Not gonna lie, I was mad at Stephen King when I started reading 11/22/63. My adventures at the library had netted me a copy of two King books I had been wanting to read for a long time. First was Duma Key, which was excellent and terrifying and made me sleep with my lights on for the three days it took me to blast through it. Then came Bag of Bones, which I read and complained about in unequal measures for almost a week. Seriously, it was terrible. And I never thought I’d ever say that about a Stephen King book. The damn thing bored me to tears for 300 pages, then got really good for 200, but I never forgave it for the first bit.

11/22/63 made up for it.

In case you haven’t heard of it – even though it’s almost a year old – it’s a Stephen King book about a man who is introduced to a portal that takes him back to 1958, and a mission from a dying friend to enter said portal and save JFK from assassination. It’s not one of King’s horror novels by a long shot, more like sci-fi lite. And it’s awesome.

What an amazing novel. It was 842 pages long but it didn’t feel anywhere near that long. The first “part” was a novel in and of itself, and it could have easily been one of his stand-alone novellas in how fast paced and suspenseful it was. There was this moment at the very end of that part of it where I didn’t know if I’d be able to finish reading the entire book because I was so wiped out from reading up to that point.

Even the lulls in the action are propulsive, and before I knew it I had chewed up another 100 or 150 pages. The characters are all believable and mostly likeable, he’s got small-town Texas to a (somewhat nostalgic-for-the-60s) tee, and the story moves and flows wonderfully. I felt like I knew every one of the characters and cared deeply for them, so that when something happened to them, it was as if it had happened to me as well.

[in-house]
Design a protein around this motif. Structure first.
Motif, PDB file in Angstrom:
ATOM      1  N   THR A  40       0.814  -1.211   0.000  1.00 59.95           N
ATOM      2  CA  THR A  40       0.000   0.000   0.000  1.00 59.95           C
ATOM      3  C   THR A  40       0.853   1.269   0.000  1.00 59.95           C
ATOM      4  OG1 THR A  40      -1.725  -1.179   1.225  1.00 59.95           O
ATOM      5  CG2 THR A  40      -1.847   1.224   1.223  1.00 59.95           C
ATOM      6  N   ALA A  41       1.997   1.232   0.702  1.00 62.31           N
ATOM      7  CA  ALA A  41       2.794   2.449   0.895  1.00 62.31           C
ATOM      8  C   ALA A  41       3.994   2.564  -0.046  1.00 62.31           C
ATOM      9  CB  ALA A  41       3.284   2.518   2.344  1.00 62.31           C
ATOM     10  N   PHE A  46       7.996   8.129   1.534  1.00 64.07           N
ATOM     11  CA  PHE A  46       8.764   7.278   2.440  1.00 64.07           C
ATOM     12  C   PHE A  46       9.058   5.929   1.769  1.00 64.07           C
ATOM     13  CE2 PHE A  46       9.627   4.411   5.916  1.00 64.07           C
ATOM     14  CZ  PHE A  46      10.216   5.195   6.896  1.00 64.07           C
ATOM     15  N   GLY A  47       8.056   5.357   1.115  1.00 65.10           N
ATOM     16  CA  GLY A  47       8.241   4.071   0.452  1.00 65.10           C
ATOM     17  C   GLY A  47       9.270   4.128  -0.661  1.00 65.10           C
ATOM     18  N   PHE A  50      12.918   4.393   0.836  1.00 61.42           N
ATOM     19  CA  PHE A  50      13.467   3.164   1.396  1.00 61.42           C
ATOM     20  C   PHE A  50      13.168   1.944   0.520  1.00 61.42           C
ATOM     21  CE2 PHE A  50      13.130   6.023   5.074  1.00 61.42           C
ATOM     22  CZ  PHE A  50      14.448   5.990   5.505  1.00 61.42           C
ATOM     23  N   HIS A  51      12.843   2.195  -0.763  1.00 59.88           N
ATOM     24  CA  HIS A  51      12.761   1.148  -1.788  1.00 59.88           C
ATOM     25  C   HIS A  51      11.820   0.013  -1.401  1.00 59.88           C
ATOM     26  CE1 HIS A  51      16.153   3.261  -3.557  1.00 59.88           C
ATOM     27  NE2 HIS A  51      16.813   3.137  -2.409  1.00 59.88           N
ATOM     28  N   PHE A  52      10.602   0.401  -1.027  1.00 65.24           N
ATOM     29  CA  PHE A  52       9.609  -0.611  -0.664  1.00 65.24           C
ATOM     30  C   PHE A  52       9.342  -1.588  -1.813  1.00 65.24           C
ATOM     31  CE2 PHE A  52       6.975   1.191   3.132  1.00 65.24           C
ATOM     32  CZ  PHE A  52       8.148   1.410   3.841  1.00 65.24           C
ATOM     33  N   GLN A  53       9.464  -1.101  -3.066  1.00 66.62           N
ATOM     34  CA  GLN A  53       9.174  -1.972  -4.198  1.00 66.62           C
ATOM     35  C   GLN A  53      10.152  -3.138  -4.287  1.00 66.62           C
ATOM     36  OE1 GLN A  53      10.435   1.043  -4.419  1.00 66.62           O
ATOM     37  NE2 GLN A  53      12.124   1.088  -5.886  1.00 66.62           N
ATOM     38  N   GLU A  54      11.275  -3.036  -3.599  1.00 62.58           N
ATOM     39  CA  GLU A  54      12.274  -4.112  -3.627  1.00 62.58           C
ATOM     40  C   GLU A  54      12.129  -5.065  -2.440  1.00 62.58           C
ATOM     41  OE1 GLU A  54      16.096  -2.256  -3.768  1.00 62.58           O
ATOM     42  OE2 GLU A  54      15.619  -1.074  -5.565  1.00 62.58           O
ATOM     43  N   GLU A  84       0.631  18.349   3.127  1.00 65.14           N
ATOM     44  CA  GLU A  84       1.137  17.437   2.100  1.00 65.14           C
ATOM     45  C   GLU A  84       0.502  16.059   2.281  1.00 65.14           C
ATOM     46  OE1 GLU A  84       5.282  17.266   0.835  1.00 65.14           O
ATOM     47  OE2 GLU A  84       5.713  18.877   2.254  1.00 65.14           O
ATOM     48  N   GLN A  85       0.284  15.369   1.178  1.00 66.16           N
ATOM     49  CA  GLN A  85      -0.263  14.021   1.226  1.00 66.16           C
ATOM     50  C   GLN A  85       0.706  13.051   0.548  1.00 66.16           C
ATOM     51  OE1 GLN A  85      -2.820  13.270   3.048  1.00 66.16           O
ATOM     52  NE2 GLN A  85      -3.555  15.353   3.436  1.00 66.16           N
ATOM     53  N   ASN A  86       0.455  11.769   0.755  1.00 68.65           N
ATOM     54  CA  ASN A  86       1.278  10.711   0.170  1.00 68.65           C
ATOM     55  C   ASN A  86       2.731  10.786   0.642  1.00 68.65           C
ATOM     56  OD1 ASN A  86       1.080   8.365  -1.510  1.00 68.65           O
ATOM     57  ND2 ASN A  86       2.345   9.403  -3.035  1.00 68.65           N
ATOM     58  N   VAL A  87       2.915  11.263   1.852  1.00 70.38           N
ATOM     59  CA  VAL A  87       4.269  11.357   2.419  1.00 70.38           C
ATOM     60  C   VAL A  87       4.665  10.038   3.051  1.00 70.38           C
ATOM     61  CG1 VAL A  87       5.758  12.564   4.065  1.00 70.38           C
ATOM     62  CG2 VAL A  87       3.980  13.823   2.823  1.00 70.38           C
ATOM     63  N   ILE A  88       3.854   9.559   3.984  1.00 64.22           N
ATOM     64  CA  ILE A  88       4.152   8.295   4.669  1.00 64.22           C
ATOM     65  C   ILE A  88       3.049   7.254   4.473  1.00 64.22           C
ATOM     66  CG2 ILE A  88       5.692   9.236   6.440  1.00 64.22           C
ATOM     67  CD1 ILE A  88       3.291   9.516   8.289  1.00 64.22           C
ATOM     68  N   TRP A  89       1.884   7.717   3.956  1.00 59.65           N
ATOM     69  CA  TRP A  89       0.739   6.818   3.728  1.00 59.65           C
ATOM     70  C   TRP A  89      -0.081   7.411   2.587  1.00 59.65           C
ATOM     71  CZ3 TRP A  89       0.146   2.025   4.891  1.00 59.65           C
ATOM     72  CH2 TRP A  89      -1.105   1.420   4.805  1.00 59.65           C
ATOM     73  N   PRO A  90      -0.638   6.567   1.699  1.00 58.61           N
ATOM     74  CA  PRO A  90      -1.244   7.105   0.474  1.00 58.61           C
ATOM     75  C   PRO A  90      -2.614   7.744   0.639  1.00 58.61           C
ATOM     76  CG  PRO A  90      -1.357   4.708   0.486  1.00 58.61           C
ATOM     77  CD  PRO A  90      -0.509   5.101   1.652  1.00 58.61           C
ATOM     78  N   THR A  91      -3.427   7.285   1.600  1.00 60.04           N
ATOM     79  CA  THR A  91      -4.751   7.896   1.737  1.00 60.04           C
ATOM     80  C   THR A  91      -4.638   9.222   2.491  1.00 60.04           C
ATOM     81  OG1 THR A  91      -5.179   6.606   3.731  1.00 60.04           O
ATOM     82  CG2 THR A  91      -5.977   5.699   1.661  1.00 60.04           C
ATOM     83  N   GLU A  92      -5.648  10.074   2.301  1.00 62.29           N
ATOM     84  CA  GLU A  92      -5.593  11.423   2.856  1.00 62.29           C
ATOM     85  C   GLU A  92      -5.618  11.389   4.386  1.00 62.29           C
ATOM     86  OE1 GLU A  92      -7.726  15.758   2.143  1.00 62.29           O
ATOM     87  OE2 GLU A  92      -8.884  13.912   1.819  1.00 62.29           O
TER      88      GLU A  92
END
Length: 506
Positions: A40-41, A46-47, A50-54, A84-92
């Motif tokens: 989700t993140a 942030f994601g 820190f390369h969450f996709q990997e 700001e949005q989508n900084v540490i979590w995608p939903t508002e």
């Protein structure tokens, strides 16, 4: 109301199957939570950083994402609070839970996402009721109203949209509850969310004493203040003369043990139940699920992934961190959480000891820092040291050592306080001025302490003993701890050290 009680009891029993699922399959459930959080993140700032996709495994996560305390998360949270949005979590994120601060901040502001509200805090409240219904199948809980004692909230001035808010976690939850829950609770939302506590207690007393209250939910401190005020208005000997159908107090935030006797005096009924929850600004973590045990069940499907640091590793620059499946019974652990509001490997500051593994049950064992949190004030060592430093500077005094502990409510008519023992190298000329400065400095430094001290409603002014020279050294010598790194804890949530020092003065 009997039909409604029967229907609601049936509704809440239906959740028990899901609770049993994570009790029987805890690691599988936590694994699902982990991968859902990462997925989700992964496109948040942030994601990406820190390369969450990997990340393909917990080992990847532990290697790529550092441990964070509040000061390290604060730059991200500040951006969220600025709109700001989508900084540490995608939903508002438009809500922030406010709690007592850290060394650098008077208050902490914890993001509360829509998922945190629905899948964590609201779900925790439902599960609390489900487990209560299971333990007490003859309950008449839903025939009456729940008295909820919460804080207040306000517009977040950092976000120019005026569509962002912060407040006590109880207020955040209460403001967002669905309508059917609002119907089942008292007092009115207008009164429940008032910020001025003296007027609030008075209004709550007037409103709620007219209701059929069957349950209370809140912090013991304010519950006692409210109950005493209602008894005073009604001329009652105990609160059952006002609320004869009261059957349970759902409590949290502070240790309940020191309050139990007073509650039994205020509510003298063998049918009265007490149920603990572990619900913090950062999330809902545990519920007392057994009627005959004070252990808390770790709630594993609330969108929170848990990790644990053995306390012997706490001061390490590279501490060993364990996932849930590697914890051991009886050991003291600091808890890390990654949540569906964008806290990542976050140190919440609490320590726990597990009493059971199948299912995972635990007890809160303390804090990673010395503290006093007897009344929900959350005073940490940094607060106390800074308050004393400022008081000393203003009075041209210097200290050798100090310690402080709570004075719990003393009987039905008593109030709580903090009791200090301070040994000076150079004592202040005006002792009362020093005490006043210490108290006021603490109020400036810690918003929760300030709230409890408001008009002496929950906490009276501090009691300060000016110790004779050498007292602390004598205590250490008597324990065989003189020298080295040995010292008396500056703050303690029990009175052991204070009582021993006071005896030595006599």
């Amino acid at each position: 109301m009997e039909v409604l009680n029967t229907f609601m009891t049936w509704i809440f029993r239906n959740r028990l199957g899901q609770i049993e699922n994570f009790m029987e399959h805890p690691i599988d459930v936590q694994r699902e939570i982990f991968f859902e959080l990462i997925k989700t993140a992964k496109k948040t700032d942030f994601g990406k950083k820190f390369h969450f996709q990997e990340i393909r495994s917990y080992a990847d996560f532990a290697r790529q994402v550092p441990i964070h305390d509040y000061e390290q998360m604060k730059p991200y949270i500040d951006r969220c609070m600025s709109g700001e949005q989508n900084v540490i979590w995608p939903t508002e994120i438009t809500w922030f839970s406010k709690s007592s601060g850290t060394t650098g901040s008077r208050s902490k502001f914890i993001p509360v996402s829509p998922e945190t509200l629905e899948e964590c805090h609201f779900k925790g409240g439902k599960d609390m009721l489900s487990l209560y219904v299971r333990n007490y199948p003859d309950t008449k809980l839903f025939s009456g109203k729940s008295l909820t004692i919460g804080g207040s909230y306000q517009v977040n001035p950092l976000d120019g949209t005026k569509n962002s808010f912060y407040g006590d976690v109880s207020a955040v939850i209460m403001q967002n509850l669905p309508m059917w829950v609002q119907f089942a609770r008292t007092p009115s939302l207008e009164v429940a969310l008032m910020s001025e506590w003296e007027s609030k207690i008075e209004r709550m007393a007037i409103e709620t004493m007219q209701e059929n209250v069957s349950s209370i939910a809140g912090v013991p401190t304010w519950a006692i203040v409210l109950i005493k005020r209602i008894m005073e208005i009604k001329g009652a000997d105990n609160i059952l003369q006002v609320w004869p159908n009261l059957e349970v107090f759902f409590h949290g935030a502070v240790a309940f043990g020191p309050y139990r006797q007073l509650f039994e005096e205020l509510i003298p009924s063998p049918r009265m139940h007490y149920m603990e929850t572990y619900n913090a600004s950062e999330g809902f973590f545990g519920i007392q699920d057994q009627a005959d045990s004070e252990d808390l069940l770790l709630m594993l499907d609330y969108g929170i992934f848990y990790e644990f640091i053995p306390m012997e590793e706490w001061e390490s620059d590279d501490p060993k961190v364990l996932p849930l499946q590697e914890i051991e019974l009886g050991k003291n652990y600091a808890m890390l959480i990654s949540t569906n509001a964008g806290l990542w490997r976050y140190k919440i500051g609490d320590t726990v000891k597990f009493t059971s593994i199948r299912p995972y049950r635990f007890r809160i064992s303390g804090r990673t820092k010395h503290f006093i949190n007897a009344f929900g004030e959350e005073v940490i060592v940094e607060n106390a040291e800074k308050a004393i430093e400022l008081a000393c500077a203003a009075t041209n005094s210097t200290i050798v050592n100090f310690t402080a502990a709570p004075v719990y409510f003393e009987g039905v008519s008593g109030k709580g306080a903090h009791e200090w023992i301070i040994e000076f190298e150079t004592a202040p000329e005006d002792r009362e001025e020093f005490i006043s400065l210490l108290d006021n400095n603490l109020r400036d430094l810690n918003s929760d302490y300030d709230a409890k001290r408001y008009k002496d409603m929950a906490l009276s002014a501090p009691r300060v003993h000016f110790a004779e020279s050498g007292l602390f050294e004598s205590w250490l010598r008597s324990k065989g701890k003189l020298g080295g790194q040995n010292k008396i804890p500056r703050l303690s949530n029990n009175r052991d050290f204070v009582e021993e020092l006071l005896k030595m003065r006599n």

The parts of it that have to do with history, like Lee Harvey Oswald’s life before the shooting, are so well done that I had to remember for a little while that this was actually fiction. King weaves fiction and reality together in a way that makes all of it seem fresh and fascinating. He handles the “time-travel theory” really well, too, showing that the past doesn’t want to be changed and the future doesn’t necessarily need to be.

This is a book I will gladly buy at some point because I can read this one again and again, like I do with some of his older novels. I expect that I’ll see different things when I read it again, like I do when I re-read books, and I’m excited to think about it.

Go. Read it. You’re going to love it.


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